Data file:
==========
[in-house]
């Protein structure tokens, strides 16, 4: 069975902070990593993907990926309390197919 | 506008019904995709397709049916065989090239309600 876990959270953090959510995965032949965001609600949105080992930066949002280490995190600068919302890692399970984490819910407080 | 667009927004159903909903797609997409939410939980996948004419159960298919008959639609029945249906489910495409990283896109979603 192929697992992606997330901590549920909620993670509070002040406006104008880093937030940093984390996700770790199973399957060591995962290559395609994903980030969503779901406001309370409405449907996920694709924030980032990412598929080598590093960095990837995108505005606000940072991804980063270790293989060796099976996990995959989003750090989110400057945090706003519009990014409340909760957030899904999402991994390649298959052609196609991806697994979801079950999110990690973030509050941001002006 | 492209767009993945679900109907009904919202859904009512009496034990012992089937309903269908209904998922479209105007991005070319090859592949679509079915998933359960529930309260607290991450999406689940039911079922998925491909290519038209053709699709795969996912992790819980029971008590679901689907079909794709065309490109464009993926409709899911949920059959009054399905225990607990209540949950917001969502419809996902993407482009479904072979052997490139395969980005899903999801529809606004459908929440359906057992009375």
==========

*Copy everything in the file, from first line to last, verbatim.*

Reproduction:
[in-house]
């Protein structure tokens, strides 16, 4: 069975902070990593993907990926309390197919 | 506008019904995709397709049916065989090239309600 876990959270953090959510995965032949965001609600949105080992930066949002280490995190600068919302890692399970984490819910407080 | 667009927004159903909903797609997409939410939980996948004419159960298919008959639609029945249906489910495409990283896109979603 192929697992992606997330901590549920909620993670509070002040406006104008880093937030940093984390996700770790199973399957060591995962290559395609994903980030969503779901406001309370409405449907996920694709924030980032990412598929080598590093960095990837995108505005606000940072991804980063270790293989060796099976996990995959989003750090989110400057945090706003519009990014409340909760957030899904999402991994390649298959052609196609991806697994979801079950999110990690973030509050941001002006 | 492209767009993945679900109907009904919202859904009512009496034990012992089937309903269908209904998922479209105007991005070319090859592949679509079915998933359960529930309260607290991450999406689940039911079922998925491909290519038209053709699709795969996912992790819980029971008590679901689907079909794709065309490109464009993926409709899911949920059959009054399905225990607990209540949950917001969502419809996902993407482009479904072979052997490139395969980005899903999801529809606004459908929440359906057992009375």